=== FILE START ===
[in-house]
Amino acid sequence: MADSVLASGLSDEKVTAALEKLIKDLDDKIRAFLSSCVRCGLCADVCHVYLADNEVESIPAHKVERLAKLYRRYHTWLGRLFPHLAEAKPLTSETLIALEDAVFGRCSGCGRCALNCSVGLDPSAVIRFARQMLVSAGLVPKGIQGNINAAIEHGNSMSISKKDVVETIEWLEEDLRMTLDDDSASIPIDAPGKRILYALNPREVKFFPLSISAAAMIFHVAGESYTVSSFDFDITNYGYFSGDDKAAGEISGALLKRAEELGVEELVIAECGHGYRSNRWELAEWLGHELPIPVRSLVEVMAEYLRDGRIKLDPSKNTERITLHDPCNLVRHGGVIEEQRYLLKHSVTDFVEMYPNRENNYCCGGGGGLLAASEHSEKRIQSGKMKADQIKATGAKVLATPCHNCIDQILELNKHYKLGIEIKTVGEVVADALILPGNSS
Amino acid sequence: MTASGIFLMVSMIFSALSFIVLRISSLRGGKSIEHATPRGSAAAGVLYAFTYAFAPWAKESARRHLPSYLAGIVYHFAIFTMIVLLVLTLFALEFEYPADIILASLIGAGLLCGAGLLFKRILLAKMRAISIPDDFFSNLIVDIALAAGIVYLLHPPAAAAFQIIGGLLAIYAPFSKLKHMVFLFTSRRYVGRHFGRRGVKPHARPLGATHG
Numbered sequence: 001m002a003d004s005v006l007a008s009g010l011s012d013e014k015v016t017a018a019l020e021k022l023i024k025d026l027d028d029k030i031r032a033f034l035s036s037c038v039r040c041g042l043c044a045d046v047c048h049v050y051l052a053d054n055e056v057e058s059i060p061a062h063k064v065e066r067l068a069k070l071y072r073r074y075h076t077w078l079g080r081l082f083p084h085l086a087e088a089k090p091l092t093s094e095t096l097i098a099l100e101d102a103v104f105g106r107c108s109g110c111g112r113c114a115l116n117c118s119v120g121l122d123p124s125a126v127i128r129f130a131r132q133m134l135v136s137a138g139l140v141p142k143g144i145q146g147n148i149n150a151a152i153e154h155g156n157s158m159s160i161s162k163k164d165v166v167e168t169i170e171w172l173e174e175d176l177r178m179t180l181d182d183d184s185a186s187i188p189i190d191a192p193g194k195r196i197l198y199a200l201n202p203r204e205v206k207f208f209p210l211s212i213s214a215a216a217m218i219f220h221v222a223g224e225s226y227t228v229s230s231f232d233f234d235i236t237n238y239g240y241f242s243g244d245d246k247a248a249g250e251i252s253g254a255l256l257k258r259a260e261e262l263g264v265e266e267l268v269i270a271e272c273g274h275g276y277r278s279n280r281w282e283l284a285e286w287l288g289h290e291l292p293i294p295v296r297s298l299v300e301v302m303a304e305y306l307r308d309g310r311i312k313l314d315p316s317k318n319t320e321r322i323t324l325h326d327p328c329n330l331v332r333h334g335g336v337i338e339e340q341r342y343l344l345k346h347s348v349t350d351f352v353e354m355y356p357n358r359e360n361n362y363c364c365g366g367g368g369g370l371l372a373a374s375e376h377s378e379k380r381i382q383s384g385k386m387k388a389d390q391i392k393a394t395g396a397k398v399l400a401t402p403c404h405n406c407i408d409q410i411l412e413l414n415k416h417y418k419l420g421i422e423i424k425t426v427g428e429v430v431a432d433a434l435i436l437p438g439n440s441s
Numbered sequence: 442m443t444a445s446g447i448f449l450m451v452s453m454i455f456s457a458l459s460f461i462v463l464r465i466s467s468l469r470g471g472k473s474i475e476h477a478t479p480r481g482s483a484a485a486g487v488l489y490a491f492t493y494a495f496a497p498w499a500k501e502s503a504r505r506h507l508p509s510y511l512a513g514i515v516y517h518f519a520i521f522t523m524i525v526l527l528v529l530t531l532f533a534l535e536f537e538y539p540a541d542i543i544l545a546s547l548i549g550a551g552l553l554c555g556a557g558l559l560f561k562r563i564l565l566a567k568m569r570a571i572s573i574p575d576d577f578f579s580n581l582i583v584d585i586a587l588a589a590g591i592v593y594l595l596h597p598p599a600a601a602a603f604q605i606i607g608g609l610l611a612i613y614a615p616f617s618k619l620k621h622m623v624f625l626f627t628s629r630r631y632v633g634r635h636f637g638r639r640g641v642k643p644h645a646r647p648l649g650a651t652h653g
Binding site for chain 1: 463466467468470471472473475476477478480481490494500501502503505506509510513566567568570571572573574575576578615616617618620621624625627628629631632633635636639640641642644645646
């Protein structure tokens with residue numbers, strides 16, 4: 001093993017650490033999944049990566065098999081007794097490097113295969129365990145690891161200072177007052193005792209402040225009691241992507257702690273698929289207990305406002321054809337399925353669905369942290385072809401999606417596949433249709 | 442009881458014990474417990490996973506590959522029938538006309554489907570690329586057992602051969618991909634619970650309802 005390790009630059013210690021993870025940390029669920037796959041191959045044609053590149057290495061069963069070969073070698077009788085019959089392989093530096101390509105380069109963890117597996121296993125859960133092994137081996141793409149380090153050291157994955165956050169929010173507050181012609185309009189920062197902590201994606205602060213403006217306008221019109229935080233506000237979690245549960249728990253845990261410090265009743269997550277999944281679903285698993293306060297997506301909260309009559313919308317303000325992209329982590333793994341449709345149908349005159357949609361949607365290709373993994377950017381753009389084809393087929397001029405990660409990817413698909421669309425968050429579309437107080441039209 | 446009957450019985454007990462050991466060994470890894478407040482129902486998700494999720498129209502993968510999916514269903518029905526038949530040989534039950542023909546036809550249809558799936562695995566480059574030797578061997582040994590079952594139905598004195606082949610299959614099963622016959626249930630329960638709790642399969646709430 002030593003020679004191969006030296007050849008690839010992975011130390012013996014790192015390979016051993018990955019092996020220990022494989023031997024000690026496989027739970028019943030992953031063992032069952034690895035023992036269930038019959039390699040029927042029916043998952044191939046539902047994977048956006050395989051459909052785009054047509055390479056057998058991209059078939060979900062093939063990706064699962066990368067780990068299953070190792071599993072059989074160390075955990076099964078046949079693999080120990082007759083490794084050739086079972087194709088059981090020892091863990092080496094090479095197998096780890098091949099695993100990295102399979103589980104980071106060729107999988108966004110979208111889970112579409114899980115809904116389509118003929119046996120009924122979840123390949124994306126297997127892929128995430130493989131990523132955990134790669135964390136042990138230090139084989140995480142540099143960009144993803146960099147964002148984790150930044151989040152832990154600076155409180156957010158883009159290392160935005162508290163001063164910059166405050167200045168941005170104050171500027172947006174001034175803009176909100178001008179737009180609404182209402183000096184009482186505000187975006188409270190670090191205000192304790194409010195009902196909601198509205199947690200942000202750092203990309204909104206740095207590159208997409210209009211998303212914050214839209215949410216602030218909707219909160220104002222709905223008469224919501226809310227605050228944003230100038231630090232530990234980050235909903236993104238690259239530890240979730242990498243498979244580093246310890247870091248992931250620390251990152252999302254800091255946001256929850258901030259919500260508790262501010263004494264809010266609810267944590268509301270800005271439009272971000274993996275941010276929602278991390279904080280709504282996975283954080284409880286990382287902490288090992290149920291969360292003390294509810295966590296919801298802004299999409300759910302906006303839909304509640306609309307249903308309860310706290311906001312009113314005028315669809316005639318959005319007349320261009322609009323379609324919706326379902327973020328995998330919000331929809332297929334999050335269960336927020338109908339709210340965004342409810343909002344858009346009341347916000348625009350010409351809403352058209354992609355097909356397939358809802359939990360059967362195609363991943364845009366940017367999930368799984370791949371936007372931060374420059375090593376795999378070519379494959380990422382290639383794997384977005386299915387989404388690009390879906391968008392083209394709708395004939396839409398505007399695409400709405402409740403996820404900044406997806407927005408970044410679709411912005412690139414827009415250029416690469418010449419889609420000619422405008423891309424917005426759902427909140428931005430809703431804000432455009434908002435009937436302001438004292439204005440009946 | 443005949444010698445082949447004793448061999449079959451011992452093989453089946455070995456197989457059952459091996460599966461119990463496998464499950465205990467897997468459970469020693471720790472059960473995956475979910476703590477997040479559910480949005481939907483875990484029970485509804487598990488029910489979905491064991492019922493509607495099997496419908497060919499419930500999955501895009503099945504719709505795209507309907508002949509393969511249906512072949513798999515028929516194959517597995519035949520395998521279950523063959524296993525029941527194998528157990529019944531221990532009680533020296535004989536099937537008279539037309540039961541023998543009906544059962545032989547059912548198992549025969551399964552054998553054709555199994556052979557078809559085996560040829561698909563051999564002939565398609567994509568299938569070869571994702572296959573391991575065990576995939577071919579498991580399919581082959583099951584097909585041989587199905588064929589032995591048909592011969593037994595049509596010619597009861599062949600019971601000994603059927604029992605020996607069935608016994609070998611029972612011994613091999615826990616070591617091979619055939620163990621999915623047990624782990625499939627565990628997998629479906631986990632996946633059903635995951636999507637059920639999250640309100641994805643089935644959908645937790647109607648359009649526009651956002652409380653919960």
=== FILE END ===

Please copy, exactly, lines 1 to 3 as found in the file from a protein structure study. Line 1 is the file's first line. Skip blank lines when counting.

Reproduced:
[in-house]
Amino acid sequence: MADSVLASGLSDEKVTAALEKLIKDLDDKIRAFLSSCVRCGLCADVCHVYLADNEVESIPAHKVERLAKLYRRYHTWLGRLFPHLAEAKPLTSETLIALEDAVFGRCSGCGRCALNCSVGLDPSAVIRFARQMLVSAGLVPKGIQGNINAAIEHGNSMSISKKDVVETIEWLEEDLRMTLDDDSASIPIDAPGKRILYALNPREVKFFPLSISAAAMIFHVAGESYTVSSFDFDITNYGYFSGDDKAAGEISGALLKRAEELGVEELVIAECGHGYRSNRWELAEWLGHELPIPVRSLVEVMAEYLRDGRIKLDPSKNTERITLHDPCNLVRHGGVIEEQRYLLKHSVTDFVEMYPNRENNYCCGGGGGLLAASEHSEKRIQSGKMKADQIKATGAKVLATPCHNCIDQILELNKHYKLGIEIKTVGEVVADALILPGNSS
Amino acid sequence: MTASGIFLMVSMIFSALSFIVLRISSLRGGKSIEHATPRGSAAAGVLYAFTYAFAPWAKESARRHLPSYLAGIVYHFAIFTMIVLLVLTLFALEFEYPADIILASLIGAGLLCGAGLLFKRILLAKMRAISIPDDFFSNLIVDIALAAGIVYLLHPPAAAAFQIIGGLLAIYAPFSKLKHMVFLFTSRRYVGRHFGRRGVKPHARPLGATHG